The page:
Two things that would be nice is for the PCB are to have a couple more options to directly mount different PCBs like JLM does with his Baby Animal preamp boards and a readily available compact enclosure option with engraved I/O labels. But as far as the circuit is concerned I think it is perfect. I definitely think it belongs among the ranks of other revered classic audio designs.

It would be interesting to see results of using different transistors and other components for the sake of science, but for those contemplating building some of these I would say don't bother with trying to figure out crazy modding schemes and to save that time and energy for other builds.

Brilliant work, Mr. Hansen. Thanks for sharing your brain with us DIY peasants.



Bo Hansen

Re: Bo Hansen DI layout
« Reply #881 on: April 16, 2018, 06:15:03 PM »

Thank you for sharing your test results for different transformers, very interesting.

The types you mention as Carnhill VTB9045, the old Neve/Marinair mike-transformer workhorse, use to be a definite winner with its nice character.

And also Cinemag CM9711, (similar to Jensen JT13K7) with its wide bandwidth, low distortion, nice phase  and level headroom, is almost a theoretically completed perfect 5: 1 transformer.

But I'm curious about what you think about Lundahl LL1538 or 1538XL.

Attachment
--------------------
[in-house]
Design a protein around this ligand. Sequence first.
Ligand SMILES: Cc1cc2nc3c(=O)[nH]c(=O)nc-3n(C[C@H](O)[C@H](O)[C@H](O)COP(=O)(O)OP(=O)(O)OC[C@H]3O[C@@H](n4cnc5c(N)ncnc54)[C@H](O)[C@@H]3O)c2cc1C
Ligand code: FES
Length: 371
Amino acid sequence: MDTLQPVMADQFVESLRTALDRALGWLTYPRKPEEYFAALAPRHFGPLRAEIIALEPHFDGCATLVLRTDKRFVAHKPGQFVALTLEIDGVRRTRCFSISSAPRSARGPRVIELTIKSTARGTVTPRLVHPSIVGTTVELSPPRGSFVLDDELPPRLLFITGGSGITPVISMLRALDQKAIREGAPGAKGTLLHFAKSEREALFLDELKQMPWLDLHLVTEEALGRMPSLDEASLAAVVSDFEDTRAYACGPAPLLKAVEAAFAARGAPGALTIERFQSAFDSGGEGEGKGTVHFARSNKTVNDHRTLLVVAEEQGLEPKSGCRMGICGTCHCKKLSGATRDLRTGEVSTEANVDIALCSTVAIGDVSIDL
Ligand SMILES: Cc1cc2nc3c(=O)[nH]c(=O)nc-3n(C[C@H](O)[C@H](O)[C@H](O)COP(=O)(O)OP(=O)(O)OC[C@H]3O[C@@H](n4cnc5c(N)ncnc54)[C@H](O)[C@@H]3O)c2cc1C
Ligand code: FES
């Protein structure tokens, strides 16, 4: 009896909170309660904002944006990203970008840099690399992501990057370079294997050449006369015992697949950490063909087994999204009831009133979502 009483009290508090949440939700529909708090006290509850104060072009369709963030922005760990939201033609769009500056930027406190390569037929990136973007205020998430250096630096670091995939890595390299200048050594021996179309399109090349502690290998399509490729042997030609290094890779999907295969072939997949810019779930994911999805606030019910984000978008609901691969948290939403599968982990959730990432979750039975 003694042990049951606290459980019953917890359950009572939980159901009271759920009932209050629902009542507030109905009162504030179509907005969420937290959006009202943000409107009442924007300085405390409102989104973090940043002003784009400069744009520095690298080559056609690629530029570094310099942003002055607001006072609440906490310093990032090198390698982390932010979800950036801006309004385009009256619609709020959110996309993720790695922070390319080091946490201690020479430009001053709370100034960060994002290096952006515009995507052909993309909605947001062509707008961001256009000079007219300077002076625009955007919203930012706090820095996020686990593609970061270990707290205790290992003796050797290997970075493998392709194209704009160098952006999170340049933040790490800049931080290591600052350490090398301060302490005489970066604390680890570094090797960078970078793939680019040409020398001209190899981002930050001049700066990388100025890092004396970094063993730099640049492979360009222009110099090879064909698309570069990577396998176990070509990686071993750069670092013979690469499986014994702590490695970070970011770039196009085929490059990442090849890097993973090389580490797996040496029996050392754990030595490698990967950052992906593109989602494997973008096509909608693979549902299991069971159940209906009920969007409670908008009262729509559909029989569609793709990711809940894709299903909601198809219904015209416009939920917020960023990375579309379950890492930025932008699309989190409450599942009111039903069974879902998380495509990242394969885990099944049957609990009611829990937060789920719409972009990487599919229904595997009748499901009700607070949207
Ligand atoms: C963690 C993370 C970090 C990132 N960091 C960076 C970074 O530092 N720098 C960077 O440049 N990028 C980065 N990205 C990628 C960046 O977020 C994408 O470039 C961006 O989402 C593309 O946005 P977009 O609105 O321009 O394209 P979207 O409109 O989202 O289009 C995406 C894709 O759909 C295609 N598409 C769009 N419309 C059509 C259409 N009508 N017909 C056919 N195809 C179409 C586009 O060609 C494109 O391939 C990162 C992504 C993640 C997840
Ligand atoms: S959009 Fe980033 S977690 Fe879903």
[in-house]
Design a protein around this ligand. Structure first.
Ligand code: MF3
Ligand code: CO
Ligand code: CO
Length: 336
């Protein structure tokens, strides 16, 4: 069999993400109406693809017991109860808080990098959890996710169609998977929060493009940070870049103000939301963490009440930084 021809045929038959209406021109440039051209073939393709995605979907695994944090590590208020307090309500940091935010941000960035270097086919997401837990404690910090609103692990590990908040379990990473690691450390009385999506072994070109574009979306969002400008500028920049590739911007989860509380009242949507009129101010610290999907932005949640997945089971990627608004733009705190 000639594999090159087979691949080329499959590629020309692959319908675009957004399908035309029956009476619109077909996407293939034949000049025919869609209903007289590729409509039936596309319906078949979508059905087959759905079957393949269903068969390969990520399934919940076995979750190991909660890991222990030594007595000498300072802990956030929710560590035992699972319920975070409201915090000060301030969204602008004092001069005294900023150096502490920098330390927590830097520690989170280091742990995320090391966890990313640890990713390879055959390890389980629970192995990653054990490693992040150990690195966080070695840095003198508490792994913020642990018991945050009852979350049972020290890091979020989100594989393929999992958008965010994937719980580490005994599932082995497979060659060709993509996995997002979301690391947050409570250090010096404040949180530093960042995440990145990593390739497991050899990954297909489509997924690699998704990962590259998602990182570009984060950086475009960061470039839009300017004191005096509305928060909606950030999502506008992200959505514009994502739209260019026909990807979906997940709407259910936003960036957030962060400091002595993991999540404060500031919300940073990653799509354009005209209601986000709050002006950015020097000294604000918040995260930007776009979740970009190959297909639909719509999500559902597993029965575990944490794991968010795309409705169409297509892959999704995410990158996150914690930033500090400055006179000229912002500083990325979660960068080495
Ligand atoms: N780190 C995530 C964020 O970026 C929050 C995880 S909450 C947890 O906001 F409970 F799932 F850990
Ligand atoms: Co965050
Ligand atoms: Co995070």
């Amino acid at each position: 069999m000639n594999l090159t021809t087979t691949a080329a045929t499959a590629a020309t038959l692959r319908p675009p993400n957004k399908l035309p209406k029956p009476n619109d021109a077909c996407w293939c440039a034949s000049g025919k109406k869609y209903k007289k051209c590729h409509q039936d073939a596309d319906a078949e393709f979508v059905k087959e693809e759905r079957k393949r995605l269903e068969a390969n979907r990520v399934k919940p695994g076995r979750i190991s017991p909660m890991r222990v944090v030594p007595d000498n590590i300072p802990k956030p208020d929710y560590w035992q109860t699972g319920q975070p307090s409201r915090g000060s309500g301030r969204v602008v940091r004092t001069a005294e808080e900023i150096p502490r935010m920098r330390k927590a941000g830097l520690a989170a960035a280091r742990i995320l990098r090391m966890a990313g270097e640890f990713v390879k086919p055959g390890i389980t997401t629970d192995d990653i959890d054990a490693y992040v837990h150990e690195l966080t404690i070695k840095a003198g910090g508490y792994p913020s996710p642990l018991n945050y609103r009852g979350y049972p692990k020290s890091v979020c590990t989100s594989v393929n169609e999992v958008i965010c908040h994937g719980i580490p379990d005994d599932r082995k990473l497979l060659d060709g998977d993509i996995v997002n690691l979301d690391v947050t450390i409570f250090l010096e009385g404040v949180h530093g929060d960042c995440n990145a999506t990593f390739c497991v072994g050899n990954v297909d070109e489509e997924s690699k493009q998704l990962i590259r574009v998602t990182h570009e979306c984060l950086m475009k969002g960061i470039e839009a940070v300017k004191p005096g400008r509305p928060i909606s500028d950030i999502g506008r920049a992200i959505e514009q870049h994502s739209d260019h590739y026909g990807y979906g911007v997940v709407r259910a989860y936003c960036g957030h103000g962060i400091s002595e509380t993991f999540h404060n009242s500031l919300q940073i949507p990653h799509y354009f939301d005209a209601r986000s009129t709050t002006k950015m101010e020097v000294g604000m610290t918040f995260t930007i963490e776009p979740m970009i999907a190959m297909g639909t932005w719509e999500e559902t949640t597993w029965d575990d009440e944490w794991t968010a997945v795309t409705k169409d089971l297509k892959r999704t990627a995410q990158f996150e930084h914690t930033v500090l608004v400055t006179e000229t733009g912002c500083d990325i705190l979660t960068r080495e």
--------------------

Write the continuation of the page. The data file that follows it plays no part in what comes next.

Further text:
I met a man with a dollar, we exchanged dollars, I still had a dollar.
I met a man with an idea, we exchanged ideas, now we each had two ideas.

Potato Cakes

Re: Bo Hansen DI layout
« Reply #882 on: April 16, 2018, 06:55:15 PM »
Mr. Hansen,

I haven't built one with the Lundahl option. I initially went with Haufe's as it was reported how close they both were sonically in this circuit. I have about 10 boards left that I am going to use for something, so I may try the Lundahl's then. But as of right now I'm very happy with the ones I currently use, so further testing on my end is a low priority. Maybe that can be something to put on the list for later this year.




Re: Bo Hansen DI layout
« Reply #883 on: April 22, 2018, 02:15:57 AM »
Sowter 9145 - If it is a bass, I only use this

Any bass players use Bo's DI with the LL1538 transformer?

Whats your experience, do you need to up the transformer to LL1538XL or even the Sowter 9045 for good bass?

Bo Hansen

Re: Bo Hansen DI layout
« Reply #884 on: April 22, 2018, 04:32:12 PM »
Today I am going to write something about DI-box transformers, regarding choice of type, character and quality.
I do it from my own point of view and experience.